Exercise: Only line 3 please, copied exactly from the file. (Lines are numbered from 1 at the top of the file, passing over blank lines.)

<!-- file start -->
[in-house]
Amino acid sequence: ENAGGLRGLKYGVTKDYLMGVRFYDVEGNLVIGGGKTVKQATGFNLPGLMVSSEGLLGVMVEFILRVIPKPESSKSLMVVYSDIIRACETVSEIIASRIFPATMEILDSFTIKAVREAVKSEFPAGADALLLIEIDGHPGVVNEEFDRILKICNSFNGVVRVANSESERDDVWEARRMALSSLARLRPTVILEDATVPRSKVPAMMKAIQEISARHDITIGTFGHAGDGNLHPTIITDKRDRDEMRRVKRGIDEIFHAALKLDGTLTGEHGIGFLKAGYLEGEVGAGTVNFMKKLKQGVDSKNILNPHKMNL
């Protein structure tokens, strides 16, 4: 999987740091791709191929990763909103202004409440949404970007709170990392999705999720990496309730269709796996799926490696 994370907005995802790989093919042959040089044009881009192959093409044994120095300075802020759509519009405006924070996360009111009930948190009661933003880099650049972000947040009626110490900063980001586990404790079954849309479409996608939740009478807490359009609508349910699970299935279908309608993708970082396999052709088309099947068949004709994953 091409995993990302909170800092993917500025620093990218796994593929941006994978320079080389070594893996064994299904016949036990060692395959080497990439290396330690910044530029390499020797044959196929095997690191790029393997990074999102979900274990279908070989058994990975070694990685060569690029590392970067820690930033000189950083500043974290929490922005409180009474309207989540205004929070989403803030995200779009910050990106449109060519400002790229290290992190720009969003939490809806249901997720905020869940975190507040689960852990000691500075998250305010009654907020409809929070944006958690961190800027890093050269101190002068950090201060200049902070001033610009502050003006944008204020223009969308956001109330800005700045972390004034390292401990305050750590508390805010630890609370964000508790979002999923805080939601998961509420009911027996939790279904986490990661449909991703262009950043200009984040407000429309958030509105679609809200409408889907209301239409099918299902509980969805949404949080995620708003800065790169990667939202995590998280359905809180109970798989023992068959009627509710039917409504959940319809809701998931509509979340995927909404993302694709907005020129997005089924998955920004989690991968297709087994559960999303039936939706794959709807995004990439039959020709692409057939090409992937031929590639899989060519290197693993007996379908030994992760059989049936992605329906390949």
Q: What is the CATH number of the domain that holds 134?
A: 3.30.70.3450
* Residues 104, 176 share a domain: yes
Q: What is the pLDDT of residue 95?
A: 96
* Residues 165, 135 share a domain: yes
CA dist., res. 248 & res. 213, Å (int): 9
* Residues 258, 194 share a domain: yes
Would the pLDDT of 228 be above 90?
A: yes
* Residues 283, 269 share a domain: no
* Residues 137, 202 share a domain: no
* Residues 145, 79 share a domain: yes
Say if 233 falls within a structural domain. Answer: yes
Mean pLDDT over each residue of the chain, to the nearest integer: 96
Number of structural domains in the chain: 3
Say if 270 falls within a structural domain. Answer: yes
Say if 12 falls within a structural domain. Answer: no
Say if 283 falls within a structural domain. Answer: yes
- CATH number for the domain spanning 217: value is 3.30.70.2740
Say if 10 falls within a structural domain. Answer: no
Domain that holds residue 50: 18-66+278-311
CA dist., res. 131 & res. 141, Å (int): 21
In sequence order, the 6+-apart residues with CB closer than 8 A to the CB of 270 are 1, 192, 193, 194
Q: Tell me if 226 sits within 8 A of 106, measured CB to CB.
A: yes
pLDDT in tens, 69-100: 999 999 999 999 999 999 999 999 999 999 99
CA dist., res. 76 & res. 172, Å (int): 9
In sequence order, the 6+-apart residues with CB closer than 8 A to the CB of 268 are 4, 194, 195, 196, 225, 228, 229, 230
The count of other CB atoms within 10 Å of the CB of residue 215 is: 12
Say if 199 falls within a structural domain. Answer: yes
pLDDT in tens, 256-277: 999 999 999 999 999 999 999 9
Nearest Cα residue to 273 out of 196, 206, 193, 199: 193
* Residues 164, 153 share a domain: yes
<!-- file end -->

């Protein structure tokens, strides 16, 4: 999987740091791709191929990763909103202004409440949404970007709170990392999705999720990496309730269709796996799926490696 994370907005995802790989093919042959040089044009881009192959093409044994120095300075802020759509519009405006924070996360009111009930948190009661933003880099650049972000947040009626110490900063980001586990404790079954849309479409996608939740009478807490359009609508349910699970299935279908309608993708970082396999052709088309099947068949004709994953 091409995993990302909170800092993917500025620093990218796994593929941006994978320079080389070594893996064994299904016949036990060692395959080497990439290396330690910044530029390499020797044959196929095997690191790029393997990074999102979900274990279908070989058994990975070694990685060569690029590392970067820690930033000189950083500043974290929490922005409180009474309207989540205004929070989403803030995200779009910050990106449109060519400002790229290290992190720009969003939490809806249901997720905020869940975190507040689960852990000691500075998250305010009654907020409809929070944006958690961190800027890093050269101190002068950090201060200049902070001033610009502050003006944008204020223009969308956001109330800005700045972390004034390292401990305050750590508390805010630890609370964000508790979002999923805080939601998961509420009911027996939790279904986490990661449909991703262009950043200009984040407000429309958030509105679609809200409408889907209301239409099918299902509980969805949404949080995620708003800065790169990667939202995590998280359905809180109970798989023992068959009627509710039917409504959940319809809701998931509509979340995927909404993302694709907005020129997005089924998955920004989690991968297709087994559960999303039936939706794959709807995004990439039959020709692409057939090409992937031929590639899989060519290197693993007996379908030994992760059989049936992605329906390949």